What happened to 21-year-old Kris Boesen from Bakersfield, California was every parent’s worst nightmare. On March 6th, Kris’s car slid on a wet road. He struck a tree and then slammed into a telephone pole.
The car accident left him facing paralysis until news of a clinical trial using stem cells like those in the umbilical cord offered him hope.
The accident damaged Kris’s spinal cord, and after arriving at hospital, doctors told him that he was likely to be paralysed from the neck down.
I couldn’t drink or feed myself. I was basically just existing. I wasn’t really living my life.Kris, speaking to Fox 5 News
Yet, not all hope was lost, as Kris and his parents soon found out. Doctors informed Kris’s father, Rodney Boesen, of an experimental new stem cell therapy, which could potentially restore the use of Kris’s hands and arms.
He was extremely excited about having an opportunity to try to do something to get better.Rodney Bosen, Kris’s father
Surgery had to be performed between 2 weeks and 30 days of Kris Boesen’s injury. So, in early April, neurosurgeon Charles Liu and his team carefully injected 10 million stem cells known AST-OPC1 cells directly into Kris’ damaged cervical spinal cord.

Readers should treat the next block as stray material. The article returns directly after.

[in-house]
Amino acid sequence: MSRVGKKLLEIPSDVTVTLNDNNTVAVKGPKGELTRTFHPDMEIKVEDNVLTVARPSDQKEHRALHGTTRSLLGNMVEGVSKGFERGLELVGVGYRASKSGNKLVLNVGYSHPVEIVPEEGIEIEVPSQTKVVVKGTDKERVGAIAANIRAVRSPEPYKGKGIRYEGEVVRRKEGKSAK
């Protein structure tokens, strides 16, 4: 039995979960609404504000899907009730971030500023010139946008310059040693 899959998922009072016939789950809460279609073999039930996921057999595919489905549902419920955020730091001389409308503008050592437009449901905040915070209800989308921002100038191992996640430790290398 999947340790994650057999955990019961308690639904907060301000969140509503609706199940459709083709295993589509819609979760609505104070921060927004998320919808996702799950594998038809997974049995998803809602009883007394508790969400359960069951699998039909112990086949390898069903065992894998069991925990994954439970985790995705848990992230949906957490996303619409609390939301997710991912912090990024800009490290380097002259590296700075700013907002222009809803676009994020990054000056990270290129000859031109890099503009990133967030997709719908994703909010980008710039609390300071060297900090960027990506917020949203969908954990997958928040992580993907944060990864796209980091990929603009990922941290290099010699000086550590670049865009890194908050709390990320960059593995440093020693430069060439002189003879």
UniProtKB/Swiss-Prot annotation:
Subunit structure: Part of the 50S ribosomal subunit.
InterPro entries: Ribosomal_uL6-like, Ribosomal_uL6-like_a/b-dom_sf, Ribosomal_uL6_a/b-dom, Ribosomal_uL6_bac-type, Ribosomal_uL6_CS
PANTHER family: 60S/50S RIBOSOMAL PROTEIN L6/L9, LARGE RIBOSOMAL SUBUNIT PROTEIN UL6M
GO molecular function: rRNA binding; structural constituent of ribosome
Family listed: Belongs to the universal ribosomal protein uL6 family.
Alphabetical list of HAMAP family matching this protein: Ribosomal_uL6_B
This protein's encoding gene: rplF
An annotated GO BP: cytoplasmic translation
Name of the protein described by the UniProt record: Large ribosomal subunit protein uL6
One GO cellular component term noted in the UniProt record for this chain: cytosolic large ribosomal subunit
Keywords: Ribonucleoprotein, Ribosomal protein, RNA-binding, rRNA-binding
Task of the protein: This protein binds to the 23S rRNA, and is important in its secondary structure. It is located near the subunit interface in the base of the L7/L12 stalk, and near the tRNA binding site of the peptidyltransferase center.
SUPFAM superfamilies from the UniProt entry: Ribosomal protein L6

This early-stage clinical trial aims to show that the cells are safe and effective, and could have huge implications for people with spinal cord injuries.
Patients who suffer these disabilities want more than anything else to do something for themselves. They want to be more independent, less dependent. It makes all of us appreciate how important it is that we can do these things.Dr. Liu, Director of USC Neurorestoration Center
Within two weeks, Kris began to show of improvement, according to doctors.
Now, three months later, he’s back home in Bakersfield and able to feed himself, use his cellphone, and operate his motorized wheelchair. According to a news release from USC, he can write his name and hug his family and friends.
If I was there and I was able to thank them. I would just tell them, thank you for giving (me) my life back. Thank you for allowing me to live my life again.Kris Bosen
Kris has been evaluated 4 times since his procedure and will be monitored every few months.
Six centres in the US are taking part in the AST-OPC1 stem cell trial. To qualify, patients must be between the ages of 18 and 69 and be stable enough to undergo surgery between 14 and 30 days after sustaining their spinal cord injury.
Although doctors will continue to monitor Kris every few months going forward—he’s had several evaluations so far—there is now plenty of hope in this young man’s heart.